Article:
Using Your Understanding of Critical Views on These Plays, Compare the Ways in Which Ford and Shakespeare Represent Women in ‘Tis Pity She’s a Whore and the Taming of the Shrew.

Only available on StudyMode
  • Download(s) : 259
  • Published : February 20, 2013
Open Document
Text Preview
Using your understanding of critical views on these plays, compare the ways in which ford and Shakespeare represent women in ‘Tis Pity She’s A Whore and The Taming of the Shrew. In the 17th century or in early modern England the man was the head of the household. The man was at the top and the husband’s role as governor of his family and household which includes his wife, children, wards and servants. In those days they thought it was instituted by God and nature. The family was seen as the secure foundation of society, with the husband’s role being comparable to that of god within his universe or the king within his country. Women were instructed that their spiritual and social worth resided above all else in their practice of and reputation for chastity. Unmarried virgins and wives were to maintain silence in the public sphere and give unstinting obedience to their fathers and husbands, but widows had some scope for making their own decisions and managing their affairs. Children and servants were bound to the strictest obedience. Inevitably, however, tension developed when such norms met with common disobedience. In the plays written by Shakespeare and Ford there is a difference in the way women behave and conduct themselves than how women usually do in the 17thcentury. We mainly look at two women in each play; Annabella from ‘Tis Pity She’s A Whore’ and ‘Katherine’, the shrew in ‘The Taming of The Shrew’. John’s ‘Tis Pity she’s A Whore was frowned upon and looked down on because it was a play about a relationship between a brother and his sister... Tis Pity are compared with many plays but it is mostly compared with Shakespeare’s ‘Romeo & Juliet because both plays feature young lovers and their forbidden love, both plays have a meddling nurse and friar and they both have a tragic ending but Ford is different because of the twist in his play by using incestuous lovers and that was never found in any of William Shakespeare’s plays. Unlike in Romeo and Juliet, inner emotional desire plays only a secondary role in The Taming of the Shrew’s exploration of love. Instead, The Taming of the Shrew emphasizes the economic aspects of marriage—specifically, how economic considerations determine who marries whom. The play tends to explore romantic relationships from a social perspective, addressing the institutions of courtship and marriage rather than the inner passions of lovers.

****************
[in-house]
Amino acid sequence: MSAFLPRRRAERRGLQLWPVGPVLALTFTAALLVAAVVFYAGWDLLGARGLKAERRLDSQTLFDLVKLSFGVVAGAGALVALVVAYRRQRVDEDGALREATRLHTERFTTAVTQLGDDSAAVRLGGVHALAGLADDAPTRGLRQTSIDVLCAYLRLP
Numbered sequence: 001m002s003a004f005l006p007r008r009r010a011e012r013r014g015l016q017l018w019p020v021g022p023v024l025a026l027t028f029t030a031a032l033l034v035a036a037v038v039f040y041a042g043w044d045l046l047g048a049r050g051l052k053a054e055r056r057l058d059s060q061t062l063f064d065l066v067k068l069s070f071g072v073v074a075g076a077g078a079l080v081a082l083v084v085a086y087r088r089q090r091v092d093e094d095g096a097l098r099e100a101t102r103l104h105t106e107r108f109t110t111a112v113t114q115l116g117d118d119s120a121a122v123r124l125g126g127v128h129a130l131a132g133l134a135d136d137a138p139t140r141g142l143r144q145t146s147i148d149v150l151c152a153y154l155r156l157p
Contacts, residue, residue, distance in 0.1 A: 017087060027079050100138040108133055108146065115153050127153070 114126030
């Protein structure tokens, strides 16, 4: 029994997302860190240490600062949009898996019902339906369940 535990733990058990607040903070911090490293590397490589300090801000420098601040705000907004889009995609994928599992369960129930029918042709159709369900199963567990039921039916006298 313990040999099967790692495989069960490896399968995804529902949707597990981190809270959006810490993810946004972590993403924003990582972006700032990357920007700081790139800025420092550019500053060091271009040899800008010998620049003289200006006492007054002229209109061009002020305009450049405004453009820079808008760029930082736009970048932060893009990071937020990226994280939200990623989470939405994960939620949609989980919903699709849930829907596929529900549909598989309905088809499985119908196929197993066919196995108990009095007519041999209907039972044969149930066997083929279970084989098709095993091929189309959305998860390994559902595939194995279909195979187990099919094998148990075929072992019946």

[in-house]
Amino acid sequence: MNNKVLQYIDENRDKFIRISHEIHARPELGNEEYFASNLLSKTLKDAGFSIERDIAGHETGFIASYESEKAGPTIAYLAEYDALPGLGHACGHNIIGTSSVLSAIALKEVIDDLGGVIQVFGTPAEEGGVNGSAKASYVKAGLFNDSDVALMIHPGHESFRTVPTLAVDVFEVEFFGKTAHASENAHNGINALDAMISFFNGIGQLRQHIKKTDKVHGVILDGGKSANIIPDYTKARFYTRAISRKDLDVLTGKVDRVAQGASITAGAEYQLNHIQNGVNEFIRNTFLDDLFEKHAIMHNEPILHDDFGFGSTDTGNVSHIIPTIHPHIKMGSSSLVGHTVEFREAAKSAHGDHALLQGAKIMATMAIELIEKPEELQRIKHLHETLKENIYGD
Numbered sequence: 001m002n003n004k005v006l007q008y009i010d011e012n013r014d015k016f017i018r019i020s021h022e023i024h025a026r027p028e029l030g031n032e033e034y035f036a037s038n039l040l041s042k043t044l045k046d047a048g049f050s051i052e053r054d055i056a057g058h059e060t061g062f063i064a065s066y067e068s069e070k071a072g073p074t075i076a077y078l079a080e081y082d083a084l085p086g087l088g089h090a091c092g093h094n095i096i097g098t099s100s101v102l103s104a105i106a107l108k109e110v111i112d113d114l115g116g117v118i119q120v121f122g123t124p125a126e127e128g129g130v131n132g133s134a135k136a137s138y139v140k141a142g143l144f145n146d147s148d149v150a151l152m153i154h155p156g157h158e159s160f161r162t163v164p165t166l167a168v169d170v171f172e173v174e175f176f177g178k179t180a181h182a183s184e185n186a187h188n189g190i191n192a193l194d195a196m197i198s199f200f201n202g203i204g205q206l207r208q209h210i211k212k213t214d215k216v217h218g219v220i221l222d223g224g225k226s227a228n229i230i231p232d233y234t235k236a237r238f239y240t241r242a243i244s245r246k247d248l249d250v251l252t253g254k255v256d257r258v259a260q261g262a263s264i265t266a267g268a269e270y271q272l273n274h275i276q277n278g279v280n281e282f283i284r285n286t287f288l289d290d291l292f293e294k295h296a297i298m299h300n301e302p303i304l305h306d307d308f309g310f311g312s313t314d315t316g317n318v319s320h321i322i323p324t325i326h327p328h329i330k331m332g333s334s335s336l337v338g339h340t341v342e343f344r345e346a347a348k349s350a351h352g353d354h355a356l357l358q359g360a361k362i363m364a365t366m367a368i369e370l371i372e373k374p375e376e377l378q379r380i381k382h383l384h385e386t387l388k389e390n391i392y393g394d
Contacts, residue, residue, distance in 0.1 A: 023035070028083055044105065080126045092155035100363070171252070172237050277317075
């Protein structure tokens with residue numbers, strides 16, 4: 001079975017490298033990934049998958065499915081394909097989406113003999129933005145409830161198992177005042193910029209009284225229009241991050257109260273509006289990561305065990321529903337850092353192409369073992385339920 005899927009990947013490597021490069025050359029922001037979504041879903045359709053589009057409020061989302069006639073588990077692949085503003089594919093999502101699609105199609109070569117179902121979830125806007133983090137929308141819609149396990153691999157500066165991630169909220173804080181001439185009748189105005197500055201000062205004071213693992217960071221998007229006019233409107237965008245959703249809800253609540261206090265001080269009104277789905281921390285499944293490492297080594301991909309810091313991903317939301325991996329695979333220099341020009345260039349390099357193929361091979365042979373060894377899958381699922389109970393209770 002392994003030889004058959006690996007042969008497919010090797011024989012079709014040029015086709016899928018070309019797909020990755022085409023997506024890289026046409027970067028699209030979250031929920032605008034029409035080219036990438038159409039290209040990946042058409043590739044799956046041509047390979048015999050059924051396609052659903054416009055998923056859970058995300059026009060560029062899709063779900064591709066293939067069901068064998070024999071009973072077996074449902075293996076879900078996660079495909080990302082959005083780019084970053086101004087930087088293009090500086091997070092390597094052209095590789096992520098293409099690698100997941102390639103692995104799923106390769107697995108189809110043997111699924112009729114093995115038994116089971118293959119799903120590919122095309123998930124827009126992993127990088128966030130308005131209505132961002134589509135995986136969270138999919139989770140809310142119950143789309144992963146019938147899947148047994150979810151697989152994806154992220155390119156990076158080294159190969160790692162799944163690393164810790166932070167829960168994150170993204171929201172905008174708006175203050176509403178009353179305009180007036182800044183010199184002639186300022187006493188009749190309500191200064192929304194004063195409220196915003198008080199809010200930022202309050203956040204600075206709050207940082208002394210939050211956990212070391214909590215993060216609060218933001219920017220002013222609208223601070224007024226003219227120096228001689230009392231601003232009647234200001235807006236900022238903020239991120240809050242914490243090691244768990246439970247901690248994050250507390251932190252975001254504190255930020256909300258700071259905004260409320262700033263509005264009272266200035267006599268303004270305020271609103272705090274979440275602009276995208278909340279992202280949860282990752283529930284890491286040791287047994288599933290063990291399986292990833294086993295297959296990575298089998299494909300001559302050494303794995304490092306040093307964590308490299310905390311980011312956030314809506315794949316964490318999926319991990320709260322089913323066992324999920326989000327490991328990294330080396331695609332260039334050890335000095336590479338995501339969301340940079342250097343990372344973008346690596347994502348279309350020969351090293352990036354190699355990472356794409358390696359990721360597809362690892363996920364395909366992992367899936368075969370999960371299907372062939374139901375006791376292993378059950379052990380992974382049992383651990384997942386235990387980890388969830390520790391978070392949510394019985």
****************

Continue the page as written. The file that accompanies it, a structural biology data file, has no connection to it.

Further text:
In William Shakespeare’s taming of The Shrew the play is a comedy which is mainly about a two sisters Katherine ‘The Shrew’ and her sister Bianca. The main plot depicts the courtship of Petruchio, and Katharina, the headstrong, obdurate shrew. Initially, Katharina is an unwilling participant in the relationship, but Petruchio tempers her with various psychological torments—the "taming"—until she becomes a compliant and obedient bride. The subplot features a competition between the suitors of Katharina’s more desirable sister, Bianca. There were four women in Tis Pity play which were Annabella, who had a relationship with her brother. She lost her virginity to him and became pregnant for him. She had a tragic ending when Giovanni stabs her while betraying her with a kiss. Then there was Putana which was Annabella’s tutoress; she accepts the news of her mistress's affair with her brother agreeably, saying she believes it is acceptable to have affairs with brothers, fathers, or anyone if the mood strikes. Putana was also betrayed and killed. .

Thirdly there was Hippolita which was Richardetto’s unfaithful wife. `She offered sexual favours and wealth to get assistance. In the event, he betrays her and remains loyal to his master Soranzo. Hippolita ends up killed when Vasques hands. Lastly there was Philotis which was Richardetto’s naive, subservient niece, she obeys her uncle in everything. First, he hopes she will marry Soranzo, then, he decides she must enter a convent. Without protest, she agrees. There are only two women in The Taming of the...
tracking img